War… War never changes.
The year 2161, Vault 13. The Water Chip responsible for the recycling and supply of the Vaults water resources breaks. The protagonist is given the task by the Vault Overseer to search for a replacement in the outside world. Born and raised in the Vault, the protagonist leaves, for the first time in his life the cold but secure walls which he calls his home.
A one-of-a-kind Universe
You are this protagonist from Vault 13. You can either pick one of the three pre-made characters or create your own virtual-me. You can adjust main abilities to fit your needs and choose between two traits and three main skills that can be increased with skill points. New skill points will be added by raising the characters level. Traits are some kind of perks which add specific effects to your main abilities or make you stronger in specific things but also will give you a slight disadvantage. Every three level (or 4, depending if you picked the trait “Skilled”) the character earns additional perks that allow better specification of your virtual-me.
The goal of the player is to travel through the wasteland in an isometric view (bird-view), to visit settlements and to speak with inhabitants to find a Water Chip in less than 150 days (fast forward time while traveling the worldmap and in realtime when visiting locations). He can help these people by solving their dilemmas by doing quests for them. As a reward, he will gain experience points to raise in level and/or currency (bottle caps) to trade with.
Far beyond the Wasteland
New equipment can be found by bartering with traders or any person that is willing to share his goods with you for something of interest. It’s actually possible to steal that stuff from non playable characters, or to pick locks of chests and to ransack these afterwards. As you may guess now, quests can be solved in different ways: By either stealthy actions or, most remarkable, through diplomacy. If the player creates a very intelligent character with high enough “Speech” skill and specialized through perks, he can even convince people and let them believe his lies. Very cheesy!
Every player that dislikes the path of stealth or diplomacy is free to create a powerful ranged or melee killing machine. Most of these builds suffer from lesser intelligence and speech-craft and aren’t good talkers. A fan made patch even changes the dialog sentences to hill-billy slang. Characters this strong should have no problem to blast away any looser or co**sucker blocking their way.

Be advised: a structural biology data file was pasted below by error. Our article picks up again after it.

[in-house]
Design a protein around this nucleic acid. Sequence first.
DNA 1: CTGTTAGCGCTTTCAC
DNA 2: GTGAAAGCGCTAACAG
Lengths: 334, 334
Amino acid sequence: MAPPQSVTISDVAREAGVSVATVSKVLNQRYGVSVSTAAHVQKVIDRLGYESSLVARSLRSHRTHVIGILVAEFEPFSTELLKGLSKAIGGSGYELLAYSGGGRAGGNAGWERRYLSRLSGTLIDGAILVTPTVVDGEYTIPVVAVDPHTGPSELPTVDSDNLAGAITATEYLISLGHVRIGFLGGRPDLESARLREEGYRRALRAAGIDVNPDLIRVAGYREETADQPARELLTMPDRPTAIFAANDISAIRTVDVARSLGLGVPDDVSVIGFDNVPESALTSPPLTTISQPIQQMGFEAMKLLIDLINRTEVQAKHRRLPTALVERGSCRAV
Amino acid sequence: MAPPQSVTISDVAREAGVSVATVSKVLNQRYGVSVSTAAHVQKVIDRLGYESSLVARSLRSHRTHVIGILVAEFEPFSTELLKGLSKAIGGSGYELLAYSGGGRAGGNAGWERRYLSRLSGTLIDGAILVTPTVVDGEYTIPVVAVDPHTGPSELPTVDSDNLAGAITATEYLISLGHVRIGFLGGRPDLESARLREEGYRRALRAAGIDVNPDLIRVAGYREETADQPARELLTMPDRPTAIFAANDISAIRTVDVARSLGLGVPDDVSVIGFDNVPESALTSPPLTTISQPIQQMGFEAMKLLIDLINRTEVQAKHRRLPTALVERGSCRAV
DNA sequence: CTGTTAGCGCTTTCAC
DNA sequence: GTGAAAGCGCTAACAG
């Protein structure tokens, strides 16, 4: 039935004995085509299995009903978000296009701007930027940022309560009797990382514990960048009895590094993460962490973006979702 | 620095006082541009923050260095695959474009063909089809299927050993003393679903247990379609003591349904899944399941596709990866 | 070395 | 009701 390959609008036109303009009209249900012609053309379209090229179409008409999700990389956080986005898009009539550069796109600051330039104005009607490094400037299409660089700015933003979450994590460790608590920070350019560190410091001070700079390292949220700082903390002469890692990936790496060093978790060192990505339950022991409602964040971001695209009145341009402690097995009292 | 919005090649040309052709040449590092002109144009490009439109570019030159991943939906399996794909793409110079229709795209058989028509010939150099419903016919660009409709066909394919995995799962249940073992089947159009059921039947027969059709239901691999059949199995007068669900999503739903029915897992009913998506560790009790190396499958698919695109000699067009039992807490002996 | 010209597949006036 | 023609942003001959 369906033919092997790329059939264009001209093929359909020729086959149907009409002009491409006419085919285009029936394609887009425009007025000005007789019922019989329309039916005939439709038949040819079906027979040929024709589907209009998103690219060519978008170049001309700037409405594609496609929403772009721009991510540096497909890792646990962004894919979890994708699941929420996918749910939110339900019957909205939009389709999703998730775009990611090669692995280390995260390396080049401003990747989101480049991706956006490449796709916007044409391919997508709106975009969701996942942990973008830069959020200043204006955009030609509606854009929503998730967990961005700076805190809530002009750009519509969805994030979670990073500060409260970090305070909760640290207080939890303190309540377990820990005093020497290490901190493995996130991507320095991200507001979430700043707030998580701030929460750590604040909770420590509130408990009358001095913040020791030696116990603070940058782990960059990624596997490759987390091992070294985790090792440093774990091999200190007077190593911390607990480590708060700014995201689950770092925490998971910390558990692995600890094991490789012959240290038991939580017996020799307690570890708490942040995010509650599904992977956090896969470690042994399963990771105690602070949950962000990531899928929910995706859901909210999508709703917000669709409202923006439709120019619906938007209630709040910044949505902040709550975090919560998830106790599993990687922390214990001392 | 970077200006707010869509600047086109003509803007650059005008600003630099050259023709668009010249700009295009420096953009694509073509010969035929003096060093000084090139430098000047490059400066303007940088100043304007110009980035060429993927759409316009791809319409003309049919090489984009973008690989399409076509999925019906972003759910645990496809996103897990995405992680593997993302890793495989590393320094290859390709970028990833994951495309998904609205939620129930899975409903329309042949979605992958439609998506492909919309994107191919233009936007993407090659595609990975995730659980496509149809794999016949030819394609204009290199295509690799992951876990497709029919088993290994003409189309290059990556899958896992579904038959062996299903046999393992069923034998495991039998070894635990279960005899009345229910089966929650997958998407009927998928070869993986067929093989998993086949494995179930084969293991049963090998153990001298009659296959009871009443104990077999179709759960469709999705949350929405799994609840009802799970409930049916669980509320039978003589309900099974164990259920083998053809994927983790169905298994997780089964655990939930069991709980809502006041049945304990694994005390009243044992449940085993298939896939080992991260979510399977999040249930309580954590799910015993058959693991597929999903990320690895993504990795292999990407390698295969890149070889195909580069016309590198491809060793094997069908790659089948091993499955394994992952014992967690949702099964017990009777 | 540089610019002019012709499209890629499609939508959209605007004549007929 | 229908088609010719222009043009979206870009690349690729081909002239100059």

Before I continue to tell you something about combat, lets make one clear: Fallout is a game for adults with much cursing, bad words, brutality and full of 20s and 30s pop culture references. At one location you meet a Doctor Who that insults you as a**hole all the time and treats you like shit. In another, you join a thief guild lead by the charismatic Loxlay and making jokes about his funny accent. You can even hire a dog named Dogmeat if you wear one of these Mad Max look alike leather jackets.
Combat in Fallout
Combat in Fallout is turn based. Any character, if its player, teammate or critter got a set amount of action points available for each turn to walk, shoot, reload or use stuff in the inventory. Teammates can be hired in Bars (the post-apocalyptic Inns) or convinced to join you if you’re a good talker. One fan made patch even allows to discuss combat tactics with your teammates, making combat even better as in the vanilla release. There is a wide variety of weapons at your exposure. From 10mm Pistols up to Sniper Rifles, Laser or Plasma Guns and Grenades or Rocketlaunchers. The death animations are already brutal enough, but if you wish to see even more bloody executions then pick the trait “Bloody Mess” at the cost of almost not getting a good karma.
There are three titles of karma in Fallout. Champion for the good-guy-players, Berserker for killing innocent people and Childkiller (children got cut from the european release but can be patched in again). Make sure not to kill any children. If you just kill one, a group of bounty-hunters starts to chase you which can be very annoying.
The finest of 90s Gaming
As you can see, Fallout is a very deep and addicted-making piece of 90s video game history. The only thing I couldn’t tell you in words is the atmosphere, the thrill and the replay value, which you have to experience all by yourself. To find the Water Chip to save your people leads the player to hard decisions which influence the games ending pretty much. Do you steal the Chip from a degenerated society of Ghouls and being selfish or are you a good person that also agrees to repair a broken water pump so they don’t have to die? Will you help a rich hooker-ring and casino owner to kill the sheriff that just wants to protect his town from crime or will you help to observe the fat bastard to proof that he is involved in dirty business? To replace the broken Water Chip is not the only mission to see the endgame. I mentioned just two of the seven hard decisions to make, which can lead to a hopefully satisfying ending?